Had he been a mere enthusiast, he would have undoubtedly have yielded to such a tidal wave of public excitement; but his unerring wisdom taught him that he must reach the throne by another path than that of popular favour. Rather must it be through popular rejection — through the dark portals of despite and death; and for that, his hour had not then come.

So many years later we should see by Whose authority Jesus said and and all those things. Everything he did and said was done because God allowed him to do that and gave him power to do so. today still a lot of Christians too, like the Pharisees, do not believe Jesus acted as a sent one from God. Many christians have taken Jesus into their god and do not see how he should be their way to God.

Do you think Jesus is God, or do you accept Jesus as the sent one from God, who was authorised by God?

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Preceding

Authority from the One God to one mediator between God and men

Matthew 7:13-23 – The Nazarene’s Commentary: The True Disciple #5 Matthew 7:28-29 – The Crowd’s Reaction

Matthew 9:1-8 – The Nazarene’s Commentary: Messiah Forgives Sins and Heals Paralytic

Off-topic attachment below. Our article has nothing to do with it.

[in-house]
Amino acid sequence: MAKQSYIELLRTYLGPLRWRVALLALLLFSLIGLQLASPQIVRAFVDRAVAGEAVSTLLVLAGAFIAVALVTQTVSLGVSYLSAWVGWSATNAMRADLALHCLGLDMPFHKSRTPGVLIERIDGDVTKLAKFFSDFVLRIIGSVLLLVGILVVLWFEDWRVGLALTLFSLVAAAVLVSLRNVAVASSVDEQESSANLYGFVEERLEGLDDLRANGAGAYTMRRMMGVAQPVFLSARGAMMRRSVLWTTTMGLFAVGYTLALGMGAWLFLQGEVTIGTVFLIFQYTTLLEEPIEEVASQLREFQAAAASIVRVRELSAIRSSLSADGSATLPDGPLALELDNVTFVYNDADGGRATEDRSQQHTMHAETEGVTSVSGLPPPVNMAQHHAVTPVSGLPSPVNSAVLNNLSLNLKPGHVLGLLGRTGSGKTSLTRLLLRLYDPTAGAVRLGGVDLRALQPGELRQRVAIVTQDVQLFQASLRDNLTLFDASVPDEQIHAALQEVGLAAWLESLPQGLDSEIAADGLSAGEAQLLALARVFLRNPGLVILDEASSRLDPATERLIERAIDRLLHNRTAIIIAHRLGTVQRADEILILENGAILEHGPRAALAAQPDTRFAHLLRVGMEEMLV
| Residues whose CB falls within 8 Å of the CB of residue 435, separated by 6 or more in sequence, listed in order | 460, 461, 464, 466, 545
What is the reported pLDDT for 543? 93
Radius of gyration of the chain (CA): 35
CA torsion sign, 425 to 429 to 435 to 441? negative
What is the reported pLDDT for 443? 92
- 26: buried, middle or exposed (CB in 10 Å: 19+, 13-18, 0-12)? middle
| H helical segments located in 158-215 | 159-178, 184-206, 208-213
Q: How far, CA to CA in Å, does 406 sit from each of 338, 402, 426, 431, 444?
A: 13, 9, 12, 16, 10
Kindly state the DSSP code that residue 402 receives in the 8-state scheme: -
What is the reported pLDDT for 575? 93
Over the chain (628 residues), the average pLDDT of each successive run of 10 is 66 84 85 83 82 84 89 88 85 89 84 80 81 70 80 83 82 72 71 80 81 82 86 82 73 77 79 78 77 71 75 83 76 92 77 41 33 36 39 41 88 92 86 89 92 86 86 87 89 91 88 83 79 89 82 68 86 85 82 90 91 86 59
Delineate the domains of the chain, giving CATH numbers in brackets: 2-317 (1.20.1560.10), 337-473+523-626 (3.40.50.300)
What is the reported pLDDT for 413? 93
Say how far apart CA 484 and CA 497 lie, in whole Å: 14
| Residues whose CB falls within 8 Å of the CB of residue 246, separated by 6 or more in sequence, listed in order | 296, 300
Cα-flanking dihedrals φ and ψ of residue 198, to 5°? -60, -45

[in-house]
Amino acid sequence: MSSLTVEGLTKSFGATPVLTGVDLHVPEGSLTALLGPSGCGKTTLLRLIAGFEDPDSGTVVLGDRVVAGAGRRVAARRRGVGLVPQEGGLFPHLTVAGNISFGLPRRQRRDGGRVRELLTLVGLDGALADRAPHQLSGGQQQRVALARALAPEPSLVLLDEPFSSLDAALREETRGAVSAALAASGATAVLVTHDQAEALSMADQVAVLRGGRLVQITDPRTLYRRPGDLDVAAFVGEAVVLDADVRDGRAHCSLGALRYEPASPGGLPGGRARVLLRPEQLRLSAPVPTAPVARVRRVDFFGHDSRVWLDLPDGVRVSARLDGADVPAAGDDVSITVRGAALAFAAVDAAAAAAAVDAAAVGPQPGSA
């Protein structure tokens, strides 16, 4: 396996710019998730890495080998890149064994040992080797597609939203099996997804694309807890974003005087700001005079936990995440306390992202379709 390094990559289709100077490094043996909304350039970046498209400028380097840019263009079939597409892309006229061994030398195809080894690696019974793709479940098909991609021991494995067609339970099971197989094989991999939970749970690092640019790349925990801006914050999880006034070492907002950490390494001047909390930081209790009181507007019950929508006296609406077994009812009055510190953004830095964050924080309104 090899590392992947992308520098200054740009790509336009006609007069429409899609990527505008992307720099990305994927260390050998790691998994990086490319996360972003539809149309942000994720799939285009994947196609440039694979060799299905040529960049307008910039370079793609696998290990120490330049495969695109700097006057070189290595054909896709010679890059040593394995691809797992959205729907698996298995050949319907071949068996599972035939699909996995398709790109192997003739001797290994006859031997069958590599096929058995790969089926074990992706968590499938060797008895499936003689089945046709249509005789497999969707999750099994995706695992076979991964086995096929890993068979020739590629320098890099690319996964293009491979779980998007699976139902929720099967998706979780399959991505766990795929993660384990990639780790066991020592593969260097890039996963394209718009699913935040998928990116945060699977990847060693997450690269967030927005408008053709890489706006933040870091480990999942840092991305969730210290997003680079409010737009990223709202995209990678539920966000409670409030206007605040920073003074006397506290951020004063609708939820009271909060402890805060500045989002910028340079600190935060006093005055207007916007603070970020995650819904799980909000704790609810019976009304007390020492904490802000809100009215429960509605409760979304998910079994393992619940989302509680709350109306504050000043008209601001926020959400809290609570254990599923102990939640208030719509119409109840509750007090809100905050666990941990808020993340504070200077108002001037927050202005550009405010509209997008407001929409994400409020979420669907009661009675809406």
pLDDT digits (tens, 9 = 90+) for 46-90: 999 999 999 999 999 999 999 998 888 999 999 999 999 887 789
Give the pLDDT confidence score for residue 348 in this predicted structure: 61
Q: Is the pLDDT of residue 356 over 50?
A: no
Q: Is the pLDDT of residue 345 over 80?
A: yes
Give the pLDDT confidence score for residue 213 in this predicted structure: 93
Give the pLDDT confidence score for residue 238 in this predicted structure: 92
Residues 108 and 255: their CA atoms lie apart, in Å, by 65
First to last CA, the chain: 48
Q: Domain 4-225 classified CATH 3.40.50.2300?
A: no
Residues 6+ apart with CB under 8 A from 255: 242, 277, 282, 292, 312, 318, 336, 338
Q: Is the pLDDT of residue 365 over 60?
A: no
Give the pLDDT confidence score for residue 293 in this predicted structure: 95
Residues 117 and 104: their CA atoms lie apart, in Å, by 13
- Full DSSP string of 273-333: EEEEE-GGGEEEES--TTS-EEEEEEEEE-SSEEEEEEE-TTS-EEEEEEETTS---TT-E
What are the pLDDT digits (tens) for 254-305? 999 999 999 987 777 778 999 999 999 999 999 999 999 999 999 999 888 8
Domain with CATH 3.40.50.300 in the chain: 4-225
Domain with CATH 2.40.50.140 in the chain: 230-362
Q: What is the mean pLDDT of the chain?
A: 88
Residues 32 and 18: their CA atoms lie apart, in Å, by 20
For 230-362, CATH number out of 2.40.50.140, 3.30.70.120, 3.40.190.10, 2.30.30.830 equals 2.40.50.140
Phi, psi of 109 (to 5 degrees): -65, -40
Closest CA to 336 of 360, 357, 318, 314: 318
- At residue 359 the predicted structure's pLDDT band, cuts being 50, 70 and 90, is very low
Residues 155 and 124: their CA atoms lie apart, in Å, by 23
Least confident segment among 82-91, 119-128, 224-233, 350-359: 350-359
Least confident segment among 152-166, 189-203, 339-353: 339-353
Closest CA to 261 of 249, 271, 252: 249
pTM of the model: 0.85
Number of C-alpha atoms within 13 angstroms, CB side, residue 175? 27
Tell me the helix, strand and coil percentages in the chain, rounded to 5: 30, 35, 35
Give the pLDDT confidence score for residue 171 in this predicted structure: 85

Matthew 9:32-34 – How others look at the blind, speechless and demoniac being healed

Matthew 13 – Parables on Kingdom mysteries

Matthew 21:1-3 – The Nazarene’s Commentary: Sent Ahead for a Donkey

Matthew 21:4-5 – The Nazarene’s Commentary: Your King Is Coming upon a Donkey

Matthew 21:6-9 – The Nazarene’s Commentary: Blessed the One Coming in God’s Name!

Matthew 21:10-11 – The Nazarene’s Commentary: Who Is This?

Matthew 21:12-14 – The Nazarene’s Commentary: Temple Cleansed

Matthew 21:12-14 – From a den of thieves to a house of prayer

Matthew 21:15-17 – The Nazarene’s Commentary: Out of the Mouth of Babes

Matthew 21:18-22 – The Nazarene’s Commentary: A Cursed Fig Tree a Lesson in Faith

Matthew 21:23-27 – The Nazarene’s Commentary: The Question of Authority

Matthew 21:10-11 – The Nazarene’s Commentary: Who Is This?

Matthew 21:10-11 Who Is This? – a Question still posed today #1

Matthew 21:10-11 Who Is This? – a Question still posed today #2

More than just a man with authority of speaking

 

++

Additional reading

  1. The 1st Adam in the Hebrew Scriptures #8 Looking for the 2nd Adam
  2. A god who gave his people commandments and laws he knew they never could keep to it
  3. Americans their stars, pretension, God, Allah and end of times signs #2 War on God’s Plan, Name and title
  4. The meek one riding on an ass
  5. Infinite payment of sin by the son of God
  6. The son of man given authority by God
  7. Authority given to him To give eternal life
  8. Blindness in the Christian world
  9. Memorizing wonderfully 52 Acts 7:56: the Son of man standing on the right hand of God
  10. Priest, scribes and others with authority

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Related